Other active children’s author Twitter users include the poet A.F. Harrold (@afharrold), Robin Stevens, author of the ‘Murder Most Unladylike’ series (@redbreastedbird), Philip Reeve, author of ‘Mortal Engines’ (@philipreeve1) and S.F Said (@whatSFSaid), author of the children’s book ‘Varjak Paw’. Teachers regularly share their children’s ‘Varjak Paw’ artwork, and poetry and writing inspired by S.F. Said’s writing, and he has hosted ‘chat with the author’ sessions for teachers about his books. Having this kind of direct line is pure gold for children, teachers and authors. It inspires the children by providing an authorial audience for their writing, it helps teachers to motivate their young writers, and it give authors an insight into what it is about their books that strikes a chord with readers. Ed describes how each time an author responds, “I get a little thrill, just as the child does”.
From an author’s perspective, social media has obvious marketing benefits, but it is so much more than that. As an education author, I’ve found Twitter particularly useful for gathering ideas, viewpoints and information to inspire my writing. I can send an #AskTwitter tweet, and within a few hours I will have gathered a range of ideas or suggestions that can feed into my writing. By looking at what teachers talk about, and how they feel about what is happening in their schools, I gain valuable insights into their concerns, interests and needs. Authors and publishers can also share cover images, to get feedback from potential readers before going ahead with a design.
If you’re a children’s author, you can speak to teachers who may recommend your book to their students, and who might decide to buy a class set for their school. There is an active community of school librarians on Twitter as well, many of whom are busy reviewing and recommending books, and of course spending school budgets on them too – @bookloverJo, @librarymice and @Alibrarylady to name just a few. Interestingly, there seems to be an increasing trend for teachers to read children’s books – not just to find texts to use in class, but as a pleasurable experience in its own right. There is much talk on eduTwitter of a ‘golden age of children’s literature’. Anne Thompson (@Alibrarylady) explores this phenomenon in her blog – Why Do Adults Enjoy Reading Children’s Books .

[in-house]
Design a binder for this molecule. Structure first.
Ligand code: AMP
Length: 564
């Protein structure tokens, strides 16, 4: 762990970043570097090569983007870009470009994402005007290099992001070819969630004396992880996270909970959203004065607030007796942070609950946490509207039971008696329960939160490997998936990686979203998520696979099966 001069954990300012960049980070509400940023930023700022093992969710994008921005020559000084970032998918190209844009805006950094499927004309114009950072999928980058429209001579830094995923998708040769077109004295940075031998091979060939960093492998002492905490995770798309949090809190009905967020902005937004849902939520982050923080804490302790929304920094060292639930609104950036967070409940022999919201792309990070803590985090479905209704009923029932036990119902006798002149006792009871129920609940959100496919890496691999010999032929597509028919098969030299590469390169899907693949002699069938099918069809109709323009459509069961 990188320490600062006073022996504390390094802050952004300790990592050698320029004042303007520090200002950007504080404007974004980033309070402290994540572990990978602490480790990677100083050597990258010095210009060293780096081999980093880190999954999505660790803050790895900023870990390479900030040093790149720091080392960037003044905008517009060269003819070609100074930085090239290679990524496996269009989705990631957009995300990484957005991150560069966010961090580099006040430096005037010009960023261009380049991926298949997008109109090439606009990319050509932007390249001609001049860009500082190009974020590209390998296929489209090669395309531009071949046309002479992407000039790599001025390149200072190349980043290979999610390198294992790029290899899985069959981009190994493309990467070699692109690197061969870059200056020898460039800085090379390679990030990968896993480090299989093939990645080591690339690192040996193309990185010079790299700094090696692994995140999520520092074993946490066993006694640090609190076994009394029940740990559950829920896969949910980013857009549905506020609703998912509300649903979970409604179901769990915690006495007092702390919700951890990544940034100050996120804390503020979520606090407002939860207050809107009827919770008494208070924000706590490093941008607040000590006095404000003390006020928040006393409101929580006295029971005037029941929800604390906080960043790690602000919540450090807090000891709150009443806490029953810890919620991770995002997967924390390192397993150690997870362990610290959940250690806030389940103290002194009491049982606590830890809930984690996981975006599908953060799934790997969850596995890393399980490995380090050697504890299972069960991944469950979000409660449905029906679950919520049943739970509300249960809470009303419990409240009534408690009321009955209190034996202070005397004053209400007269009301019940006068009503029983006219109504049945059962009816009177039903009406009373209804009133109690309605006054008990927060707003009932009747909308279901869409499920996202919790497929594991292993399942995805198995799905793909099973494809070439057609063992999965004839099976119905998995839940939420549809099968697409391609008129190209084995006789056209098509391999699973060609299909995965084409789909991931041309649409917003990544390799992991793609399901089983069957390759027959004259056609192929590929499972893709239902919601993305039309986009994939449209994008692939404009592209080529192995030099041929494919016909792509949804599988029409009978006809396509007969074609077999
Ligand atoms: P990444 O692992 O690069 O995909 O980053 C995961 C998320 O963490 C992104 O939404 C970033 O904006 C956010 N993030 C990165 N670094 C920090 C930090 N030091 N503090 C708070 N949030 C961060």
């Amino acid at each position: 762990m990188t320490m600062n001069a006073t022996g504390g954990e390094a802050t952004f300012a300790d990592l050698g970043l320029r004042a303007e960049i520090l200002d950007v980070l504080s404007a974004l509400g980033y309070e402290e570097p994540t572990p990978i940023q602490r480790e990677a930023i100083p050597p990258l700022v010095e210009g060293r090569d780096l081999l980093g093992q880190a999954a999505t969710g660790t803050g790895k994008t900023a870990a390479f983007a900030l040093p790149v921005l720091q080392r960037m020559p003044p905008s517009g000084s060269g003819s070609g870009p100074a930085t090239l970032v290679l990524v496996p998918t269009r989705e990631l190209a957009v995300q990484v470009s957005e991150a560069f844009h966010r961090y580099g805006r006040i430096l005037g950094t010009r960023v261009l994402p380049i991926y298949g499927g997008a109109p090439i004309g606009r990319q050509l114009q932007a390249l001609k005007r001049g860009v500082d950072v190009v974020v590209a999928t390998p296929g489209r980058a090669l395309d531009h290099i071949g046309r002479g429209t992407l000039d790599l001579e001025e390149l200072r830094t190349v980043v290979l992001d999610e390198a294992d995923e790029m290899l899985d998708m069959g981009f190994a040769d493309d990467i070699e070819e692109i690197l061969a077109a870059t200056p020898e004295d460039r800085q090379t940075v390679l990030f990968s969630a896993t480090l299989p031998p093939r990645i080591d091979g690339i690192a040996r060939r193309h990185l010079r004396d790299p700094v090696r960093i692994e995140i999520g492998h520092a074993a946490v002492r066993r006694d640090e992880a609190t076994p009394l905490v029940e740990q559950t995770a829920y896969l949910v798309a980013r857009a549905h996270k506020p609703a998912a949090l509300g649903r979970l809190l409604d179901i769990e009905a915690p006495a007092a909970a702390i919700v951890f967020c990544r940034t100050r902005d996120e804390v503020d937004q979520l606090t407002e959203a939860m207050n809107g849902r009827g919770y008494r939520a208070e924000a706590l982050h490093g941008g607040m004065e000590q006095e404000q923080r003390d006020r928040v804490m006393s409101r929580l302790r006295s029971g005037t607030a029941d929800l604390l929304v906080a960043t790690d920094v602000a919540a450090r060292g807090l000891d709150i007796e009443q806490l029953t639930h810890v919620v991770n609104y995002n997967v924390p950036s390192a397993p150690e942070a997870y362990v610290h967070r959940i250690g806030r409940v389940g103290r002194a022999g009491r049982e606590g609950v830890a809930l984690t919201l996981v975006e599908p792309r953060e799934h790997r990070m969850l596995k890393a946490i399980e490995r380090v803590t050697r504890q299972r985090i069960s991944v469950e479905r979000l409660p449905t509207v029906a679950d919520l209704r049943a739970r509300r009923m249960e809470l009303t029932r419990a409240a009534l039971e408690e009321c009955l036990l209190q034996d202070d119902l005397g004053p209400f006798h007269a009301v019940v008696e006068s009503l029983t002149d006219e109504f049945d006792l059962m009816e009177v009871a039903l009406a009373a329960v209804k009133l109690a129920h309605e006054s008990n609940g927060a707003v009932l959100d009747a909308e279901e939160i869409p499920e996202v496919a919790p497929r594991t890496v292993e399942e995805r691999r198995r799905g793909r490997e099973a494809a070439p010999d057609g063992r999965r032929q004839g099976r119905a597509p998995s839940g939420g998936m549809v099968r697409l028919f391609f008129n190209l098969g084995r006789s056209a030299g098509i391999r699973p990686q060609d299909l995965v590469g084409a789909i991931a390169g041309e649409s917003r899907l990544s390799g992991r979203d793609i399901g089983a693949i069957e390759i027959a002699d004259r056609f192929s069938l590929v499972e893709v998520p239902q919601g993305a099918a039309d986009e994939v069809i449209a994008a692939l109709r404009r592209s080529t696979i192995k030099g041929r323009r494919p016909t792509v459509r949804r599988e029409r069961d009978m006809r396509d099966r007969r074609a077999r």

Social media can also help to highlight problematic gaps in what is being published. For instance, the #reflectingrealities hashtag is being used by teachers and authors to highlight the lack of diversity in books, and in children’s publishing in particular. We can use the hashtag to share recommendations within the education community, and also to make plain the need for publishers to publish more books that represent children from black and minority ethnic backgrounds.
Twitter is like going into a huge room, containing all of humanity, and having the ability to tap into the conversations that interest you, and also to start conversations of your own with people on your wavelength. It is not only a powerful force for authors and teachers, but it is also a great way to make new friends, through a shared love of reading and writing. Be warned, though, it is worryingly addictive. So if you’ve got an article to write, or a lesson to plan, before you sign up it’s probably best to finish that first.
About the Author
Sue Cowley is a teacher and author. Her book The Artful Educator (Crownhouse) is full of ideas gathered from her time spent on Twitter. Visit www.suecowley.co.uk to find out more.